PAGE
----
Cutchma, Gislaine1; Eurich Mazur, Caryna1; Thieme, Rubia Daniela1; De FranÃ§a, Regina Maria2;
Madalozzo Schieferdecker, Maria Eliana1
Introduction: Demographic, epidemiologic and nutritional transitions have contributed to increase Home Enteral Nutrition (HEN).
Objective: To analyze the influence of enteral nutrition type in nutritional status, outcome related with HEN and need of hospital care.
Method: Clinical cross-sectional, observational and analytical study in Curitiba,PR, Brazil, with adults and elders in HEN. Anthropometric data, diet enteral nutrition type, outcomes related with HEN and need of hospital care were assessed. Body Mass Index (BMI) classified nutritional status. Data were analyzed in descriptive and statistic way (chi-square, Fischer test and Kruskal Wallis test).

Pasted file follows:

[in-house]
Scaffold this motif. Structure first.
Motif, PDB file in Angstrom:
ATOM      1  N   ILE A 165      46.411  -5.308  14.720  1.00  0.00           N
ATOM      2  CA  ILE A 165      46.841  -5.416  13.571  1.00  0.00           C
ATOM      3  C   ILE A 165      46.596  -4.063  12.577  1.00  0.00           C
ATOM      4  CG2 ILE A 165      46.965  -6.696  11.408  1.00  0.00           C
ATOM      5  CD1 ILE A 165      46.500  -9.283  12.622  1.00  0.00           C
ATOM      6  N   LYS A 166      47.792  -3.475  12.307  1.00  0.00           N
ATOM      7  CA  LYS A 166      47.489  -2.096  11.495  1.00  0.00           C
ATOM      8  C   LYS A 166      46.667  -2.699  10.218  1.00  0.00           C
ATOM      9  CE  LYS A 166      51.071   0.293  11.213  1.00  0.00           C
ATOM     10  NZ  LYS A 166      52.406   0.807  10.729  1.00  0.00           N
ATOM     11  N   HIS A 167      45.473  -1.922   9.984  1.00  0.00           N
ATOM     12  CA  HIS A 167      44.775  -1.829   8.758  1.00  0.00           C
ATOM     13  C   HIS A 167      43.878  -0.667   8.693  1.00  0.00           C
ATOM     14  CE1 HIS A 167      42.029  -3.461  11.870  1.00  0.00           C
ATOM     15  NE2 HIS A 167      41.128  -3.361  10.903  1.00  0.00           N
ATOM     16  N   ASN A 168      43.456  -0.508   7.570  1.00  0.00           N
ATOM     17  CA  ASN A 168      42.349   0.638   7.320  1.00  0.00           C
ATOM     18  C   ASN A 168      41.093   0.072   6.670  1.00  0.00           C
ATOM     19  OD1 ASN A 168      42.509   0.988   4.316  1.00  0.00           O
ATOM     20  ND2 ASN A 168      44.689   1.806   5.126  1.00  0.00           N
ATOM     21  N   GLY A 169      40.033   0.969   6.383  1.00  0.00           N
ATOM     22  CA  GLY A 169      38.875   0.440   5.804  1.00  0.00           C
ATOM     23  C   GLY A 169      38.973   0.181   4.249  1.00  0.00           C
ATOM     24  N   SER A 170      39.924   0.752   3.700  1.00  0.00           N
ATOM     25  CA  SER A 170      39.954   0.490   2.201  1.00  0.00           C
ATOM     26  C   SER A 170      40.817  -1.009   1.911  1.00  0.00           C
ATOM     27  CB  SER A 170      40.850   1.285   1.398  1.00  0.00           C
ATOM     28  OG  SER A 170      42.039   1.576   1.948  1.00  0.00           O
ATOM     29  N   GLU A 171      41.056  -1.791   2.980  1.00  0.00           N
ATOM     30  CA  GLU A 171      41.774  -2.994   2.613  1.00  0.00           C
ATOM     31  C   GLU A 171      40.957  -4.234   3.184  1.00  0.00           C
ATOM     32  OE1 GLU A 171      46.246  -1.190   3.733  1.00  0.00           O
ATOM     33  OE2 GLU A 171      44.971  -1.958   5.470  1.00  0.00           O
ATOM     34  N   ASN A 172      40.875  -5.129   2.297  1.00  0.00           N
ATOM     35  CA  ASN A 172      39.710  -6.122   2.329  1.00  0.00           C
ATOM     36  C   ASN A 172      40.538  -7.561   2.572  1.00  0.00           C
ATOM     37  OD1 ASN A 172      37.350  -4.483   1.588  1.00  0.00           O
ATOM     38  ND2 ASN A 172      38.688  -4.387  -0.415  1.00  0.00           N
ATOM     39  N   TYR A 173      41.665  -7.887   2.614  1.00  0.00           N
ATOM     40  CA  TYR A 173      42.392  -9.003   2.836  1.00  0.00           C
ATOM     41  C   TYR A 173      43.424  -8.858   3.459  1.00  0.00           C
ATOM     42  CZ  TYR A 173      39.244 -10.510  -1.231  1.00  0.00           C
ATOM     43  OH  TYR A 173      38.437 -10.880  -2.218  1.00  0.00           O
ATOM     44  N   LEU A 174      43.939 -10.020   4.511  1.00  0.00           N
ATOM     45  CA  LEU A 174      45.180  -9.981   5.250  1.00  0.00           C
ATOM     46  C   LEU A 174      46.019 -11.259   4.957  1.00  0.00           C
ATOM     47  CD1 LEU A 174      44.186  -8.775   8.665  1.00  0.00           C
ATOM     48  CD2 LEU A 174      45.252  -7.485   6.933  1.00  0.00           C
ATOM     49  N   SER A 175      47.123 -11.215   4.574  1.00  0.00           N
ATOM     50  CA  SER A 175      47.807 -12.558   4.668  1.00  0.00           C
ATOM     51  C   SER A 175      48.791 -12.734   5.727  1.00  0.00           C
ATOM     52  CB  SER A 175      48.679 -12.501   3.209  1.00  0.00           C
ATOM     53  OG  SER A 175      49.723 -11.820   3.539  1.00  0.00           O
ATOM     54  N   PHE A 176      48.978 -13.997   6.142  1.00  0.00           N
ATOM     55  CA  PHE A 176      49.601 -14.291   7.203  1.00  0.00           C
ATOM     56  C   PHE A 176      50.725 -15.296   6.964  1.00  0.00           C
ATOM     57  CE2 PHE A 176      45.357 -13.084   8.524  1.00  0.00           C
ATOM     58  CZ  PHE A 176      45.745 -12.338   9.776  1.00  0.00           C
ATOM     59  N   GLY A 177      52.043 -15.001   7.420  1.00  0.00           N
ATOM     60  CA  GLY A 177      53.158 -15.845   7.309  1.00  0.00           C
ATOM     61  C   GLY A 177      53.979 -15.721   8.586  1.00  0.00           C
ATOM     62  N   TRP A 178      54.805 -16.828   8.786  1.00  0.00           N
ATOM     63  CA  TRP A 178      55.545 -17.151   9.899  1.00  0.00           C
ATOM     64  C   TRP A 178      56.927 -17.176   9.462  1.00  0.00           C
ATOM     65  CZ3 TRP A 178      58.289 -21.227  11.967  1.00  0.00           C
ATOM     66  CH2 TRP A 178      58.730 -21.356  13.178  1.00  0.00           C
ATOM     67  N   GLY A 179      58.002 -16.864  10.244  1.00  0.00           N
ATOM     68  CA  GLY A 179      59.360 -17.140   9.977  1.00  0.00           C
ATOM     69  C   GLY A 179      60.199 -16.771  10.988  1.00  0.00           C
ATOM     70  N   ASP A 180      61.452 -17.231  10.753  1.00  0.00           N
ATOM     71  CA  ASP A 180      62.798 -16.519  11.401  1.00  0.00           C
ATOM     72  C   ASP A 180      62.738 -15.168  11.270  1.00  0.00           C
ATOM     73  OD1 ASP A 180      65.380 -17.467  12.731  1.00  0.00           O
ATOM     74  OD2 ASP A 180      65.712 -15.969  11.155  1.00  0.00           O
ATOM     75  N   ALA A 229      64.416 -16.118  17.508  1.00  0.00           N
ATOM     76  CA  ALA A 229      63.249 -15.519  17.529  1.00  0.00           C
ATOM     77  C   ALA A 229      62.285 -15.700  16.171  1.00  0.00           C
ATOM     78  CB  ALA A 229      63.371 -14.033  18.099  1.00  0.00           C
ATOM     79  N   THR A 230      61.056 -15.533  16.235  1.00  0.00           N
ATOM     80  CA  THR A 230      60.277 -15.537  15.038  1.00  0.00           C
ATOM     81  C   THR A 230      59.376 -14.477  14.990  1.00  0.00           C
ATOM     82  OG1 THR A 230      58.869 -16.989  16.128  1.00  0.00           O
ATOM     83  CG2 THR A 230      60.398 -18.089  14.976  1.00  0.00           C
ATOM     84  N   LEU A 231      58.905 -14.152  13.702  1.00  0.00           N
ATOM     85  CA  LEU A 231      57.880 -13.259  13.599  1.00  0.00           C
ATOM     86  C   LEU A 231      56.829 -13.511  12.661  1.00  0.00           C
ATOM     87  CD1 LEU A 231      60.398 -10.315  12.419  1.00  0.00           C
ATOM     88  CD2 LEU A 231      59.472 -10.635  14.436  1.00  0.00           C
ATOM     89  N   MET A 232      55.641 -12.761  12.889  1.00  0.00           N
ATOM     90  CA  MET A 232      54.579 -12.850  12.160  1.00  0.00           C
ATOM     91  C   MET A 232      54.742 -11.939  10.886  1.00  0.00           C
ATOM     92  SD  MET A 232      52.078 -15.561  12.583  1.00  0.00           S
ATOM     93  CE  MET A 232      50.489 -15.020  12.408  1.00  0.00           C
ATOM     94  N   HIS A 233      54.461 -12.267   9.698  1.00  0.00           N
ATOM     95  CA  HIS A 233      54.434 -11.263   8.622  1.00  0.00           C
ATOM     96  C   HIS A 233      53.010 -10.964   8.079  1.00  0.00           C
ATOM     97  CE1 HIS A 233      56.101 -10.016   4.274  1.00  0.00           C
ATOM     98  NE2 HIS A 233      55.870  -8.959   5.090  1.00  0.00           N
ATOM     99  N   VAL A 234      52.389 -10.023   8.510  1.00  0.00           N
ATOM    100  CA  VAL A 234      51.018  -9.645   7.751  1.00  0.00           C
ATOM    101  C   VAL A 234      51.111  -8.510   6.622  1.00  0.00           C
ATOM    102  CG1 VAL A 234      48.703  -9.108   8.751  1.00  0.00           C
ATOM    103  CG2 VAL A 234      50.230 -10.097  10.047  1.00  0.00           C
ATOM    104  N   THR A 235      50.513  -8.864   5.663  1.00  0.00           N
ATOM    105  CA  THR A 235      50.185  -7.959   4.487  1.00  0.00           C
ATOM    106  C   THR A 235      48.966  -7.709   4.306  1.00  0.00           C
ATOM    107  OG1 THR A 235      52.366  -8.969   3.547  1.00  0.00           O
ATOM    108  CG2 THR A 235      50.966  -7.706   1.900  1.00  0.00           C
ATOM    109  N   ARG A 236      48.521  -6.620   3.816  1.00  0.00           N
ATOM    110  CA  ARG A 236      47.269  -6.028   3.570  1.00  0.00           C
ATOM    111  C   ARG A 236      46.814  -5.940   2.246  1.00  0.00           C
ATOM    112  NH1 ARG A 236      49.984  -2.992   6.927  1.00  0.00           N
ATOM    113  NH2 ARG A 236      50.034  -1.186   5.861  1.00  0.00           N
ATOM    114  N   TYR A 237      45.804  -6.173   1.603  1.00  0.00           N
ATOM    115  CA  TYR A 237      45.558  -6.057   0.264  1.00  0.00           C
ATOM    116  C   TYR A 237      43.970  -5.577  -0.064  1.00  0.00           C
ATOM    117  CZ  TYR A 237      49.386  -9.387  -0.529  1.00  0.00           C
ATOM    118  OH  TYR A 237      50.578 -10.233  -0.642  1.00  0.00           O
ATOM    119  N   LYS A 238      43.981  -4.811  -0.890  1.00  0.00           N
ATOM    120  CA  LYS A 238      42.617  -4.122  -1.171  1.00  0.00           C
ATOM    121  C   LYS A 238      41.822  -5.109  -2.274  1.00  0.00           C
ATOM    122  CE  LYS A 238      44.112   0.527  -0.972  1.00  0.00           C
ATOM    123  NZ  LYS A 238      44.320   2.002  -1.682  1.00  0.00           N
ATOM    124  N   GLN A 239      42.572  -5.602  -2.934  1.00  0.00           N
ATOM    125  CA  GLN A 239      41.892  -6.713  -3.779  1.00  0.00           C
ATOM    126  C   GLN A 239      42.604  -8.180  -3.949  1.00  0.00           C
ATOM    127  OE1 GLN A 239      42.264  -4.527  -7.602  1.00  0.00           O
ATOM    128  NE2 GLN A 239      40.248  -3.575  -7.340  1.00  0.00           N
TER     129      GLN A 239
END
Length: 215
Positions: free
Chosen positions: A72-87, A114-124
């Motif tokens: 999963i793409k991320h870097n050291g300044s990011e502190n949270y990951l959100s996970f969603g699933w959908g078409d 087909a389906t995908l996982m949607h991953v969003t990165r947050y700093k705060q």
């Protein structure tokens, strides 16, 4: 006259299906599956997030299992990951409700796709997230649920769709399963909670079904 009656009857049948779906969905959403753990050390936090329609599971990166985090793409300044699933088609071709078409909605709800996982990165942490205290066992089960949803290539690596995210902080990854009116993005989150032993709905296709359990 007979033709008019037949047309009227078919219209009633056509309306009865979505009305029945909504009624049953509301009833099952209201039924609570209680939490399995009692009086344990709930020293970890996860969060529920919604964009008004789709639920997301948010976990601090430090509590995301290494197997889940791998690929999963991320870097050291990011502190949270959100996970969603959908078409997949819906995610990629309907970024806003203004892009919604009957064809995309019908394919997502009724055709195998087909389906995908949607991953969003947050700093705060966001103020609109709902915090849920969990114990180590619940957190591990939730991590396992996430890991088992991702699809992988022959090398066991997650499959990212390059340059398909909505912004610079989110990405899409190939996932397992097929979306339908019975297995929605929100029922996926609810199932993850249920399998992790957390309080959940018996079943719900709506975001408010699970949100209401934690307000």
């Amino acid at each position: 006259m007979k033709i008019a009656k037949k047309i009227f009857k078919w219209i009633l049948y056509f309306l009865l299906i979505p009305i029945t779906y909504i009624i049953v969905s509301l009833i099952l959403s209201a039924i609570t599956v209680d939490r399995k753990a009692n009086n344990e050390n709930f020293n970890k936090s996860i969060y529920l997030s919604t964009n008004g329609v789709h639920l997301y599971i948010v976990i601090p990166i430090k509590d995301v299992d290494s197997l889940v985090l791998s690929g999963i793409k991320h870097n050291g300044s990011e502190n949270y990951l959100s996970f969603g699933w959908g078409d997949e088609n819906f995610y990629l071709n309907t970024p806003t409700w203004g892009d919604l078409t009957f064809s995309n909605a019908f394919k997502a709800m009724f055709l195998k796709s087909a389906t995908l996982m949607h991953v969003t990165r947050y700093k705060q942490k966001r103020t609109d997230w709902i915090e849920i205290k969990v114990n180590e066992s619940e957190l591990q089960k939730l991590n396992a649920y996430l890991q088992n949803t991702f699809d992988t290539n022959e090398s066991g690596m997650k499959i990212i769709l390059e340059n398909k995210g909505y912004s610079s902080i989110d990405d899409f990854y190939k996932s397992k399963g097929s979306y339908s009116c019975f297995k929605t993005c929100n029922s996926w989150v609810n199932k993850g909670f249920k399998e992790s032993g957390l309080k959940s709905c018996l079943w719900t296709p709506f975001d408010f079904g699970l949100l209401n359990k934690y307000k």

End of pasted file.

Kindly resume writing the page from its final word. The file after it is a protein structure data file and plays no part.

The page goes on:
Results: The final sample was 42 patients. Most of the participants was older than 60 years (mean age: 65y; minimum: 21y; maximum: 94y), 50% (n=21) of each sex. Undernutrition was observed in 72.7% and 86.2%, to adults and elders, respectively. Hospital care was needed by 72.8% and, industrialized and food blended enteral nutrition used concomitantly was observed to 57.1% of the patients. Gastrointestinal system outcomes were the most frequent (40.5%) and tube obstruction frequency was higher in food blended HEN. There were no association between nutritional status with outcomes and diet enteral nutrition type (p>0.05).
Discussion: Studies suggested that nutritional status, outcome related with HEN and need of hospital care depends on HEN formula type, and these results are different from ours. HEN formula type did not influence nutritional status and need of hospital care.
Conclusion: HEN formula type did not influence nutritional status, outcomes, and in need of hospital care. Nutritional status did not influence outcomes related with HEN, and in need of hospital care.